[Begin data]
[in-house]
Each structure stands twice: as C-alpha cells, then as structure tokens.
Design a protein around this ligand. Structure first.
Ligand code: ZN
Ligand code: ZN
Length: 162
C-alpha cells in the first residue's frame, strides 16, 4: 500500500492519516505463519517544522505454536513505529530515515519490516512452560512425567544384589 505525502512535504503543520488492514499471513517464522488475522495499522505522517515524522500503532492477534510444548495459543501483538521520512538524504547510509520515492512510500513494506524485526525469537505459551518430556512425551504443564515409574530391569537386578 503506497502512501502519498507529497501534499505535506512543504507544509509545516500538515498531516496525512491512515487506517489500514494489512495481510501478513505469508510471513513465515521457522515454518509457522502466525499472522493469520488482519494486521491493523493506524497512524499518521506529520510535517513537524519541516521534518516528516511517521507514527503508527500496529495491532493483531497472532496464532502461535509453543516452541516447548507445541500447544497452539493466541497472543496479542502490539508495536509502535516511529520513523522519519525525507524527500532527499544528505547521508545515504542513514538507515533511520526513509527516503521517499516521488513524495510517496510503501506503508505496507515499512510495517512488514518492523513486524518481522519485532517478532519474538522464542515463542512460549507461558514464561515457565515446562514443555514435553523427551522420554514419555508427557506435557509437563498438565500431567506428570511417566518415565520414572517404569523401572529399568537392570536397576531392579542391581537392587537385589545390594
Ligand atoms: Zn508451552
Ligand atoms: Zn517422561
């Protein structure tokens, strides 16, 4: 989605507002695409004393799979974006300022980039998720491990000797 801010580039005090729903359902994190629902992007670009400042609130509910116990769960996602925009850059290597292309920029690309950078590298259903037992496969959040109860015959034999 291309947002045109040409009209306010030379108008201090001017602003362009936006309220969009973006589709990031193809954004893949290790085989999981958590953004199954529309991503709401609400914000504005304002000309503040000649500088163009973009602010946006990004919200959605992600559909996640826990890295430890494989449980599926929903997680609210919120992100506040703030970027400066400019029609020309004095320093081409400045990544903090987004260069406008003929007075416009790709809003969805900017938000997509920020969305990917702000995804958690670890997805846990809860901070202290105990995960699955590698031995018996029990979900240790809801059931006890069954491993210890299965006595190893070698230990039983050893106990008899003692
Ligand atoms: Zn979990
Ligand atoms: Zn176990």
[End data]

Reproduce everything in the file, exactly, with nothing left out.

[in-house]
Each structure stands twice: as C-alpha cells, then as structure tokens.
Design a protein around this ligand. Structure first.
Ligand code: ZN
Ligand code: ZN
Length: 162
C-alpha cells in the first residue's frame, strides 16, 4: 500500500492519516505463519517544522505454536513505529530515515519490516512452560512425567544384589 505525502512535504503543520488492514499471513517464522488475522495499522505522517515524522500503532492477534510444548495459543501483538521520512538524504547510509520515492512510500513494506524485526525469537505459551518430556512425551504443564515409574530391569537386578 503506497502512501502519498507529497501534499505535506512543504507544509509545516500538515498531516496525512491512515487506517489500514494489512495481510501478513505469508510471513513465515521457522515454518509457522502466525499472522493469520488482519494486521491493523493506524497512524499518521506529520510535517513537524519541516521534518516528516511517521507514527503508527500496529495491532493483531497472532496464532502461535509453543516452541516447548507445541500447544497452539493466541497472543496479542502490539508495536509502535516511529520513523522519519525525507524527500532527499544528505547521508545515504542513514538507515533511520526513509527516503521517499516521488513524495510517496510503501506503508505496507515499512510495517512488514518492523513486524518481522519485532517478532519474538522464542515463542512460549507461558514464561515457565515446562514443555514435553523427551522420554514419555508427557506435557509437563498438565500431567506428570511417566518415565520414572517404569523401572529399568537392570536397576531392579542391581537392587537385589545390594
Ligand atoms: Zn508451552
Ligand atoms: Zn517422561
């Protein structure tokens, strides 16, 4: 989605507002695409004393799979974006300022980039998720491990000797 801010580039005090729903359902994190629902992007670009400042609130509910116990769960996602925009850059290597292309920029690309950078590298259903037992496969959040109860015959034999 291309947002045109040409009209306010030379108008201090001017602003362009936006309220969009973006589709990031193809954004893949290790085989999981958590953004199954529309991503709401609400914000504005304002000309503040000649500088163009973009602010946006990004919200959605992600559909996640826990890295430890494989449980599926929903997680609210919120992100506040703030970027400066400019029609020309004095320093081409400045990544903090987004260069406008003929007075416009790709809003969805900017938000997509920020969305990917702000995804958690670890997805846990809860901070202290105990995960699955590698031995018996029990979900240790809801059931006890069954491993210890299965006595190893070698230990039983050893106990008899003692
Ligand atoms: Zn979990
Ligand atoms: Zn176990």